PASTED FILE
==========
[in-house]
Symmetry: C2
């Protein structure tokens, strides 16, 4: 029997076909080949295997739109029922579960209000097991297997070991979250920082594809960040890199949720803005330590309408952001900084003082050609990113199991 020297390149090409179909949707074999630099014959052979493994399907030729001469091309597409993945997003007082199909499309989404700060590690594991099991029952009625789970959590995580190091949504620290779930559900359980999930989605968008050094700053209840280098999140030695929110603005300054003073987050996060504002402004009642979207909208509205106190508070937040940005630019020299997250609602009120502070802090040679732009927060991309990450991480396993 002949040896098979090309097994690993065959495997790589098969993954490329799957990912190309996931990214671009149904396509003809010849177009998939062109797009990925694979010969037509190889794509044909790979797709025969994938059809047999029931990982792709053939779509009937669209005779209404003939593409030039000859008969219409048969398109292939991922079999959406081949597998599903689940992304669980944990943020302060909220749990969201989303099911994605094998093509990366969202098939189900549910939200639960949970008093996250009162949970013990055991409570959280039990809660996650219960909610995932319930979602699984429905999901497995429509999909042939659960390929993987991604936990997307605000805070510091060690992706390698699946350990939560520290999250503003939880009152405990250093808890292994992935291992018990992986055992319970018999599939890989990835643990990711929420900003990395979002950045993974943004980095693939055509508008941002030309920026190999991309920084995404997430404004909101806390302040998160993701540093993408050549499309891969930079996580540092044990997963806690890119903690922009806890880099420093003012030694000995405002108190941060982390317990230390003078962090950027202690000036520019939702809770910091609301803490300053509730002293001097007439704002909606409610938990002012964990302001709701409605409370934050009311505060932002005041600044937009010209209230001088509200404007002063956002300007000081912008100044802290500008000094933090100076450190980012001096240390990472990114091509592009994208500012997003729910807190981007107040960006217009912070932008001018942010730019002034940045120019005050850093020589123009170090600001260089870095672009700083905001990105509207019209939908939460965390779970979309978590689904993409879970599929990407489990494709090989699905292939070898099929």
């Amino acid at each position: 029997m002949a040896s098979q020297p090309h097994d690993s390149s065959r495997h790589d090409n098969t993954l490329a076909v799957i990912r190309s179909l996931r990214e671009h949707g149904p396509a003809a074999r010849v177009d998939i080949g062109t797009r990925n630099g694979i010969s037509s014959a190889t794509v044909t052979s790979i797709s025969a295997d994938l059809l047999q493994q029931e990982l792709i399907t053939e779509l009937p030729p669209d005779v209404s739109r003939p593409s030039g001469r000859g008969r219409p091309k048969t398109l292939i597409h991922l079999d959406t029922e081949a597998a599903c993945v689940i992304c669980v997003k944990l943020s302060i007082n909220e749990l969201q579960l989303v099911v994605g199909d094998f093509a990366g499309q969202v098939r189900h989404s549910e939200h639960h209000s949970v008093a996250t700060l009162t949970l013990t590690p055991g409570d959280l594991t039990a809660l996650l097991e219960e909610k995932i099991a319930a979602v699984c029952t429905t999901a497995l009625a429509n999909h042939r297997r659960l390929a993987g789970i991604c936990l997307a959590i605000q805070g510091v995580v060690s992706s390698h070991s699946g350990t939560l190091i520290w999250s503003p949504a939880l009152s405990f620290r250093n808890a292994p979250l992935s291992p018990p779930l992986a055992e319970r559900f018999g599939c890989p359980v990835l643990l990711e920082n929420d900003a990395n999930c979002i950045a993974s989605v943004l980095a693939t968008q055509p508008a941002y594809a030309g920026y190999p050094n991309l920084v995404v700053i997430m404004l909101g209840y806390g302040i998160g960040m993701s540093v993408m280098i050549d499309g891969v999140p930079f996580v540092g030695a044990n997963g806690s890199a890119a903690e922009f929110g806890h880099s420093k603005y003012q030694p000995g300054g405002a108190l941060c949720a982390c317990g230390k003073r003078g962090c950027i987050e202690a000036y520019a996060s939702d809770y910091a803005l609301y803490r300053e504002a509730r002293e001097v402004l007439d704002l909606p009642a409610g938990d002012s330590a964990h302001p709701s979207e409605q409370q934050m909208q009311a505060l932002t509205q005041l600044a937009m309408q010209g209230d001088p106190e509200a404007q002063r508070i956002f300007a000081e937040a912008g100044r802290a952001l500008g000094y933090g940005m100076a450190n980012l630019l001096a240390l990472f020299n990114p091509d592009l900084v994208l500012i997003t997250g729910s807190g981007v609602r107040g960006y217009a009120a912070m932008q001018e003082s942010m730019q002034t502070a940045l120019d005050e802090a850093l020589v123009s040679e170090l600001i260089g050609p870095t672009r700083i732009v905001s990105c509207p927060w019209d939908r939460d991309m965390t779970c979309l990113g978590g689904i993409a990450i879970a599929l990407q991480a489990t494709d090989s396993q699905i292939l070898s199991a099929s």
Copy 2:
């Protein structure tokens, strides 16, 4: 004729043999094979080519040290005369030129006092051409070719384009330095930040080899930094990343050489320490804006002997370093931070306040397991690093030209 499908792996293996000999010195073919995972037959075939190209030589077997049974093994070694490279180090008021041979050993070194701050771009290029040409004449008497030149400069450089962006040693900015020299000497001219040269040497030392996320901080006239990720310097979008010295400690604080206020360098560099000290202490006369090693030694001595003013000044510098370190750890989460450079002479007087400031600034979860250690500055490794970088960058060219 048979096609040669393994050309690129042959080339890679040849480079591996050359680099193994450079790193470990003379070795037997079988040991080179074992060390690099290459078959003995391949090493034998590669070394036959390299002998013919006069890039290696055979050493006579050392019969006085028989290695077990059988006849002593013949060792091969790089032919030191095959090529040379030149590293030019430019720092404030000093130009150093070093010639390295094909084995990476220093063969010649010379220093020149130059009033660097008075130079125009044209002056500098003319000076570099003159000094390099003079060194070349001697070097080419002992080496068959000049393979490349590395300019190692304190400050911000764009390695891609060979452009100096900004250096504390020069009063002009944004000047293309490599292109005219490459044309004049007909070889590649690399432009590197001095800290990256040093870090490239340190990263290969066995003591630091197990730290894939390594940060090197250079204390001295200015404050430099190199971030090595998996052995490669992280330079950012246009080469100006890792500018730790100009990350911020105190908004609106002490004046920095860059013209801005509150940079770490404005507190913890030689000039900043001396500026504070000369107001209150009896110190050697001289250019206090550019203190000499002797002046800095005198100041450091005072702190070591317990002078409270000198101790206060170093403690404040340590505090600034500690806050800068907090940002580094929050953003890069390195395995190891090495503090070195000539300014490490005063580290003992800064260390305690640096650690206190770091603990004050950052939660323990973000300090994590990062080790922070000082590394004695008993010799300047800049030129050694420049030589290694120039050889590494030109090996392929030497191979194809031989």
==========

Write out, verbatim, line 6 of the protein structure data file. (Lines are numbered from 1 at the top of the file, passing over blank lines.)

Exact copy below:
């Protein structure tokens, strides 16, 4: 004729043999094979080519040290005369030129006092051409070719384009330095930040080899930094990343050489320490804006002997370093931070306040397991690093030209 499908792996293996000999010195073919995972037959075939190209030589077997049974093994070694490279180090008021041979050993070194701050771009290029040409004449008497030149400069450089962006040693900015020299000497001219040269040497030392996320901080006239990720310097979008010295400690604080206020360098560099000290202490006369090693030694001595003013000044510098370190750890989460450079002479007087400031600034979860250690500055490794970088960058060219 048979096609040669393994050309690129042959080339890679040849480079591996050359680099193994450079790193470990003379070795037997079988040991080179074992060390690099290459078959003995391949090493034998590669070394036959390299002998013919006069890039290696055979050493006579050392019969006085028989290695077990059988006849002593013949060792091969790089032919030191095959090529040379030149590293030019430019720092404030000093130009150093070093010639390295094909084995990476220093063969010649010379220093020149130059009033660097008075130079125009044209002056500098003319000076570099003159000094390099003079060194070349001697070097080419002992080496068959000049393979490349590395300019190692304190400050911000764009390695891609060979452009100096900004250096504390020069009063002009944004000047293309490599292109005219490459044309004049007909070889590649690399432009590197001095800290990256040093870090490239340190990263290969066995003591630091197990730290894939390594940060090197250079204390001295200015404050430099190199971030090595998996052995490669992280330079950012246009080469100006890792500018730790100009990350911020105190908004609106002490004046920095860059013209801005509150940079770490404005507190913890030689000039900043001396500026504070000369107001209150009896110190050697001289250019206090550019203190000499002797002046800095005198100041450091005072702190070591317990002078409270000198101790206060170093403690404040340590505090600034500690806050800068907090940002580094929050953003890069390195395995190891090495503090070195000539300014490490005063580290003992800064260390305690640096650690206190770091603990004050950052939660323990973000300090994590990062080790922070000082590394004695008993010799300047800049030129050694420049030589290694120039050889590494030109090996392929030497191979194809031989």